ngin - Norfolk Genetic Information Network

30 October 2002

COMPANIES QUASHING GE RESEARCH/BENEFICIAL COMPOUNDS REDUCED BY FUNGICIDES

1. Beneficial compounds reduced by fungicides
2. BIG SEED COMPANIES QUASH BASIC RESEARCH ON GE CROPS

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1. Beneficial compounds reduced by fungicides

As the organic attacks go on -- quite regardless of the fact that bodies like the Food and Agriculture Organisation of the United Nations report numerous health and environmental benefits from organic farming practices, including reduced levels of contaminants in foods -- here's another piece of research for the likes of Elsa Murano, under secretary for food safety at USDA, to chew on - evidence that fungicides common in conventional chemical farming but banned in organic farming reduce nutritional content and potential health benefits of food.

"When you don't have those preservatives, you have to be aware of the fact that that's going to cost  you something... That's what I think is the challenge for the food  industry, especially those folks who produce organic foods and  all-natural foods and so forth, to make sure they produce them and  process them in such a way that it will not reduce the safety of those products." - Elsa Murano

See:
United Nations FAO report exposes anti-organic propaganda
http://ngin.tripod.com/fao-org.htm
USDA - ORGANIC FOODS MAY BE MORE CONTAMINATION-PRONE
http://ngin.tripod.com/usda.htm
RETURN OF CRAIG SAMS TO AGBIVINGSVIEW
http://ngin.tripod.com/261002b.htm
ORGANIC ATTACK!
http://ngin.tripod.com/organic.htm
...
October 14, 2002: Fungicides reduce beneficial compounds in grapes
>From the website of the Rodale Institute
http://www.newfarm.org/newfarm/news/101402/don101402.shtml

Resverotrol, a compound found in red grapes, has been shown to be beneficial to health by lowering cholesterol and preventing cell oxidation, an important process in the prevention of cancer.

Researchers have found that grapes sprayed with fungicides commonly used  on conventional vineyards had 80% less resverotrol. Resverotrol occurs in  grapes as a defense compound produced in a process known as systemic  acquired resistance, or SAR. SAR in plants produces many types of defense  compounds and is induced by low to medium levels of pathogen and insect  attack. It goes without saying that organically grown crops would have  SAR induction occurring on a regular basis, since organic farmers do not,  for the most part, use eradication as an approach to pest management and  commonly have low levels of pests as part of their overall equilibrium.  There is evidence for this increased SAR, such as the recent finding that  soup made from organic ingredients contain higher levels of salicylic  acid than the same soup made from conventionally grown vegetables (Baxter  2001)*. Salicylic acid is an important component of the SAR process, and  in fact of the two major SAR pathways in a plant, one is called the  salicylic acid pathway.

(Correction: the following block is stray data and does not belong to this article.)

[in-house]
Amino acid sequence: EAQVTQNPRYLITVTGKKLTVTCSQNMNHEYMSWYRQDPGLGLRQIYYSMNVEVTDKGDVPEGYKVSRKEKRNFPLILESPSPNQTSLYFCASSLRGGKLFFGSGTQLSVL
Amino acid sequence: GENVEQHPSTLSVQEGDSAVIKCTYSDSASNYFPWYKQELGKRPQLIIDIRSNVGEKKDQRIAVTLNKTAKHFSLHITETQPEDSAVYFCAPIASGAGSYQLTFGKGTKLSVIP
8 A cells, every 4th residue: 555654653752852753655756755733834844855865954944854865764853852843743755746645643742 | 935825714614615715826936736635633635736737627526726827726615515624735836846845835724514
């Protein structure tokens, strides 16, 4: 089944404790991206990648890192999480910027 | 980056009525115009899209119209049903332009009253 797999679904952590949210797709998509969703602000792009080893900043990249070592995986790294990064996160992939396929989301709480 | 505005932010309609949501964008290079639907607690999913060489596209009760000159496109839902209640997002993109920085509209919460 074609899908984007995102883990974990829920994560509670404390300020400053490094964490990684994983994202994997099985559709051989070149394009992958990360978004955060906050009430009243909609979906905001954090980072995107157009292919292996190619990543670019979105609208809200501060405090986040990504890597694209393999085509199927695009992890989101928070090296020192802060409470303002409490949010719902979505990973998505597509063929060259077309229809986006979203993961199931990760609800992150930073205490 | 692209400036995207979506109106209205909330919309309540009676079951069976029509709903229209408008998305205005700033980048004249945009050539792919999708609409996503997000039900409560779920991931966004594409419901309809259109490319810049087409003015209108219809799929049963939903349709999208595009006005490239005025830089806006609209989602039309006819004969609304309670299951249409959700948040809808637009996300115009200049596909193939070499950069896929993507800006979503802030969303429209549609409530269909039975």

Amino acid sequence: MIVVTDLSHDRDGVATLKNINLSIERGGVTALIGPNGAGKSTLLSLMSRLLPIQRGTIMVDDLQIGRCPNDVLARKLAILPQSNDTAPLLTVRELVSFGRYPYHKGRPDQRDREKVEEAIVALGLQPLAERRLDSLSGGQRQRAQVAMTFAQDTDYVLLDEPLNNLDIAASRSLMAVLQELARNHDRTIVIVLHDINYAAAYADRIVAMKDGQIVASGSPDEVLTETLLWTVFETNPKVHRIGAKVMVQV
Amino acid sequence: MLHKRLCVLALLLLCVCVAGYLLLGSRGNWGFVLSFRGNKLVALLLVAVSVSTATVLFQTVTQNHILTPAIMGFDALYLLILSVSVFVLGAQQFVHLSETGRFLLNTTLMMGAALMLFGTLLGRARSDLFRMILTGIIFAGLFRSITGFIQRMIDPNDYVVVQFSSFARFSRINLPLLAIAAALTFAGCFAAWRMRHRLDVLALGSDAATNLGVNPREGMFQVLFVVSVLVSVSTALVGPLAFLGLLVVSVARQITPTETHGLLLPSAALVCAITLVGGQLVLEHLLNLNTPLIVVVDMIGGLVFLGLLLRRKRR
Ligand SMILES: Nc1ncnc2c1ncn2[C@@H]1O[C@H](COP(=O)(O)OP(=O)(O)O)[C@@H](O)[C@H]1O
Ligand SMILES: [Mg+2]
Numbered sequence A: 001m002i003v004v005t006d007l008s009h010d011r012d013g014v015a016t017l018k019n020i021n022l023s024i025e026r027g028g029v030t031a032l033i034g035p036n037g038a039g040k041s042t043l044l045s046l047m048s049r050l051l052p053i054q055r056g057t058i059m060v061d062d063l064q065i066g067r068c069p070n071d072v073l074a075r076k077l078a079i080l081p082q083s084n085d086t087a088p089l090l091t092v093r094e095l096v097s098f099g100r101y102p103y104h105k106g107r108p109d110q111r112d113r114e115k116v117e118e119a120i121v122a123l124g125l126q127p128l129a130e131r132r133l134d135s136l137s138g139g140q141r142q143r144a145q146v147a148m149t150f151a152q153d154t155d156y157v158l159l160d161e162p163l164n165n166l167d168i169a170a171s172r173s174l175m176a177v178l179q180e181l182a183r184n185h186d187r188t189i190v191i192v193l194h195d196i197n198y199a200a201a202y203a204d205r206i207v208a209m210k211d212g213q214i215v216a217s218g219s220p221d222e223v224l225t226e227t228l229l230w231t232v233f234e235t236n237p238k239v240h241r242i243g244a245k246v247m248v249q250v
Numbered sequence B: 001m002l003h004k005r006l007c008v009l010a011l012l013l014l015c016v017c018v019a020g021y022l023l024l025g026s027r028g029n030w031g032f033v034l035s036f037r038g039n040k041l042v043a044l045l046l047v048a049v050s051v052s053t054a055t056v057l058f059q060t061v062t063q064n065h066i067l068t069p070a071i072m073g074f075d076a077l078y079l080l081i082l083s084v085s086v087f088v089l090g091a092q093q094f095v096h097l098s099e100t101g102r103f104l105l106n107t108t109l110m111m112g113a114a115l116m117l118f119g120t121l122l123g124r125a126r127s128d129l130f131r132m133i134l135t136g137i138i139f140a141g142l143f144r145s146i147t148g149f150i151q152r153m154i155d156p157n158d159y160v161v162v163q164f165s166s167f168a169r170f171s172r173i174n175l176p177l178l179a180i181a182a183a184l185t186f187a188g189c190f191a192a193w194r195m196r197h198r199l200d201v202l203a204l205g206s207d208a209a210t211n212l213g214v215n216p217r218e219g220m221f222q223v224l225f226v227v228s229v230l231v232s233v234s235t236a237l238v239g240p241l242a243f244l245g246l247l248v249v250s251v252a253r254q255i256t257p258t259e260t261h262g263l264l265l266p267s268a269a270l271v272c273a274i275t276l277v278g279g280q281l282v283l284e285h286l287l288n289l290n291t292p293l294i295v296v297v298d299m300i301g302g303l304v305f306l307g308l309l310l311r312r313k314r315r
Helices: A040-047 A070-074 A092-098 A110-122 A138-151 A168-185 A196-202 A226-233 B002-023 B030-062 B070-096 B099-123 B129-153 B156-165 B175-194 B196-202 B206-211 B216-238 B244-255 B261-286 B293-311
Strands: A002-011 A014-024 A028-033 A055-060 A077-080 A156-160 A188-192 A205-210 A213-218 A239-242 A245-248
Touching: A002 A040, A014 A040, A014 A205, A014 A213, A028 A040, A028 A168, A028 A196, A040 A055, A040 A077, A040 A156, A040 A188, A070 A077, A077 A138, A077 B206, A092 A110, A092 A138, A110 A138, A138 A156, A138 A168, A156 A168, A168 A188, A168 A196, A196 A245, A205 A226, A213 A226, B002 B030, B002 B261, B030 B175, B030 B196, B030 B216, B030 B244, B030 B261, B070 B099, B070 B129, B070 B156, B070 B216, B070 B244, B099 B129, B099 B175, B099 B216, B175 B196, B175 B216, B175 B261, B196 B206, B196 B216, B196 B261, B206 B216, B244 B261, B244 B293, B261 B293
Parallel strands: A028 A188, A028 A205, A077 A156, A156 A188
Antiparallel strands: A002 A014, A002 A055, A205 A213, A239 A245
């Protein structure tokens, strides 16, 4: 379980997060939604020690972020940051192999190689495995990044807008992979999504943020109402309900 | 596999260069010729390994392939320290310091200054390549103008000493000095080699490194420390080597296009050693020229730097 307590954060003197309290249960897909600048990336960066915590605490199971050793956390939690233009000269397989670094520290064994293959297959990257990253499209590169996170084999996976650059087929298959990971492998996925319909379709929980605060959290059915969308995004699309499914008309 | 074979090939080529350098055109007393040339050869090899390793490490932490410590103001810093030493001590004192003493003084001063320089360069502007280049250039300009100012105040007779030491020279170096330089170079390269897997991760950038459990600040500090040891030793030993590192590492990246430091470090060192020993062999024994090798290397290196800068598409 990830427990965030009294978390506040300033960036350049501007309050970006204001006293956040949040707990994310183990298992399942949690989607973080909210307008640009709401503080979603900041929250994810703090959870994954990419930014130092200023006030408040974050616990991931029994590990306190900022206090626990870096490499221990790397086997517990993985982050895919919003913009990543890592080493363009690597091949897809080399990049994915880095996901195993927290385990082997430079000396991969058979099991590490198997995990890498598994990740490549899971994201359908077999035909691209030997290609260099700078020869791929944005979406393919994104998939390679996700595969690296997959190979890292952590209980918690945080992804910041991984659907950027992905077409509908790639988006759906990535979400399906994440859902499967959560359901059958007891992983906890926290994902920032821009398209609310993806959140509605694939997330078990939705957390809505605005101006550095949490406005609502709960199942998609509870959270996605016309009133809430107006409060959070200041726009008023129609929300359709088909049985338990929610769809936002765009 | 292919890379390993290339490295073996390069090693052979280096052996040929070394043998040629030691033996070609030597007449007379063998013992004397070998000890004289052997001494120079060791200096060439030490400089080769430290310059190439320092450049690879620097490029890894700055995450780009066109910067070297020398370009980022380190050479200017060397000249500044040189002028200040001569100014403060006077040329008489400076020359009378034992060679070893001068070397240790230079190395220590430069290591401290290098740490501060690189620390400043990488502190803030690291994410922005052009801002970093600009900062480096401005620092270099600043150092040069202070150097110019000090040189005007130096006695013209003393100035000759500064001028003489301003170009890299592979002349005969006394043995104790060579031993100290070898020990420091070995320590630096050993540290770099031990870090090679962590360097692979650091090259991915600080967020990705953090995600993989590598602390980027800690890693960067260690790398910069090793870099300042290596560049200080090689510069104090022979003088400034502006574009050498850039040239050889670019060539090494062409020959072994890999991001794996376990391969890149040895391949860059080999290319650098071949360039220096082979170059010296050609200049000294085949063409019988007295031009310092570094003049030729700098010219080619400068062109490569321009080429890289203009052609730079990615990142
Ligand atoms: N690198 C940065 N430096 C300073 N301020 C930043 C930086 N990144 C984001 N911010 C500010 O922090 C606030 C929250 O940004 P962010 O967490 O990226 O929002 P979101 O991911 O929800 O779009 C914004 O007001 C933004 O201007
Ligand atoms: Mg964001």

* Baxter, G. J. et. al. 2001. Salicylic acid in soups prepared from  organically and non-organically grown vegetables. European Journal of  Nutrition, 40:289-292.

Source: Magee, J.B. and B. J. Smith. 2002. Resveratrol content of  muscadine berries is affected by disease control spray program.  HortScience, 37 (2):358-361

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2. BIG SEED COMPANIES QUASH BASIC RESEARCH ON GE CROPS

FOR IMMEDIATE RELEASE: Oct 30, 2002
Contact: Neil Carman, Ph.D. 512-472-1767
Jim Diamond, M.D. 510-527-4130

Sierra Club has asked Pioneer Hi-Bred (a Dupont company) and Dow Agrosciences (a division of Dow Chemical) to reverse their recent decision to withhold seeds and genetic material from an Ohio State researcher whose findings indicated that their products could be harmful to the environment. "It's outrageous that these companies claim that their products are thoroughly tested and good for the environment but throttle research when the results go counter to their PR message," said Laurel Hopwood, Chair of Sierra Club's Genetic Engineering Committee.

Dr. Allison Snow's research was originally funded by the two companies and the USDA.  The Ohio State researcher showed that the genes which had been genetically engineered into sunflowers could persist in the wild and give rise to "superweeds."  She wanted to continue her research without company funding but the companies -- which control the patented seed -- will not allow her.  Details were released to the broader scientific community earlier this month by an article in the prestigious journal Nature.

"If patent protections are used to stop scientific study, new legislation to restrict such patent rights should be urgently considered," according to the Sierra Club letter, which was sent also to several law makers including Rep. Kucinich of Ohio who has sponsored "right to know" legislation to require labeling of genetically engineered food, and to Sen. Harkin, Chair of the Senate Agriculture Committee.

Patent protection for genes, the blueprints for life, have only been granted since 1980.  Those critical of the practice, including Sierra Club, say that allowing patents on the molecular machinery of life is turning important aspects of the natural world into the private property of a few.

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